Last update 9/29/2011 4:58:25 PM (GMT+7)

Climate change makes impacts on Cat Ba biosphere reserve
VietNamNet Bridge – Experts have warned that climate change is making strong impacts on the Cat Ba biosphere reserve in the northern port city of Hai Phong. They urge the government to have a plan to assist the local community to cope with this phenomenon.

The UN Educational, Scientific and Cultural Organization (UNESCO) recognized Cat Ba peninsula as the world biosphere reserve in October 2004. This site has grandiose and unique natural landscapes, caves and famous historical relics. Cat Ba is one of several places where ecological tourism and scientific research are developed strongly.

However, scientists have warned that in the last 50 years, climate change has changed the look and geology of the coastal area of Cat Ba. They urge the government to quickly have a plan to protect the reserve.

Le Thanh Tuyen, from the Cat Ba biosphere reserve management board, said that in the last decade, the temperature there increased by 0.12 degree Celsius. The average temperature in 1991-2007 rose by 0.4 degree Celsius over the 1961-1990 period.

Tuyen also named abnormal natural phenomena on Cat Ba, including flood tide, hoar frost, hail, whirlwind and coastal erosion.

According to the Institute for Marine Resources and Environment, the sea level in Hai Phong has risen by 20cm in the last five decades. The average temperature is increasing while the average rainfall is reducing.

Mark Hawkes, an expert from the Cat Ba biosphere reserve, said that there is no comprehensive research of the impacts of climate change on Cat Ba but its signs are clear in local people’s life. That’s the shortage of fresh water in the dry season, some wells becoming salty and the narrowing of water area for aquaculture due to the increase of sea level.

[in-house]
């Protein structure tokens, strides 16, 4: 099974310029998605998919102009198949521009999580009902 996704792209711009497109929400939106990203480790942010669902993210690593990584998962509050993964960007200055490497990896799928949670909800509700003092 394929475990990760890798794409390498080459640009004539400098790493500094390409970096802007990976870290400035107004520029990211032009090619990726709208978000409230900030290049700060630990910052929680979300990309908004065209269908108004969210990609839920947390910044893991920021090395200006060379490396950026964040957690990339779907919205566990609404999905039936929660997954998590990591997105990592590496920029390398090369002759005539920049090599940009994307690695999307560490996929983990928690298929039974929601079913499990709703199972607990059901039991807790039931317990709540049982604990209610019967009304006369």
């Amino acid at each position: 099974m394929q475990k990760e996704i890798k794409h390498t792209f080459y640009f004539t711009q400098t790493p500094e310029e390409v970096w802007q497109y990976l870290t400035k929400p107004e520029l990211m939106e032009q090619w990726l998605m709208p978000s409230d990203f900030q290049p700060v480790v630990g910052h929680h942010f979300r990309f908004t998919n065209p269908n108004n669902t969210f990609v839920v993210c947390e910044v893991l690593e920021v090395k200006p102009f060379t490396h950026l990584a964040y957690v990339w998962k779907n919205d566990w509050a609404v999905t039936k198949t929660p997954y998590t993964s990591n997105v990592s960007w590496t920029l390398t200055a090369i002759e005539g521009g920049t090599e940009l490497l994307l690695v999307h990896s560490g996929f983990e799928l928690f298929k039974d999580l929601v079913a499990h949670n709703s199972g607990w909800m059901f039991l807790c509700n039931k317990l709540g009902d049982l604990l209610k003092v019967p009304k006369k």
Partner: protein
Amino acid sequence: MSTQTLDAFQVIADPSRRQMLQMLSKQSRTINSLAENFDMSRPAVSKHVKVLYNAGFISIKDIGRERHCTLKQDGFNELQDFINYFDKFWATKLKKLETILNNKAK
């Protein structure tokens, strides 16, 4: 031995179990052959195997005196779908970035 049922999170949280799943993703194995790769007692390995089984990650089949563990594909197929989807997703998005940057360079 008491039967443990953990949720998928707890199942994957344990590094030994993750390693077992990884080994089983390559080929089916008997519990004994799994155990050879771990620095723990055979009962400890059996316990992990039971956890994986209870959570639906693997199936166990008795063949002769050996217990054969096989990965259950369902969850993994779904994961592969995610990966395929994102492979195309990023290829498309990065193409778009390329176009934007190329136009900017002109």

Experts propose to develop plans to cope with climate change for separate communities in the fields of agriculture, aquaculture and education.

Cat Ba Island is one of eight UNESCO Biosphere Reserves in Vietnam. Cat Ba peninsula possesses a large number of ecosystems and habitat types and a wide variety of plant and animal species, most notably the endangered golden-headed langur. The Ministry of Agriculture and Rural Development first recognized Cat Ba as a protected area in 1983 and it has since received recognition as a national park in 1986, a Marine Protected Area in 1995 and most recently as a UNESCO World Biosphere Reserve in 2004.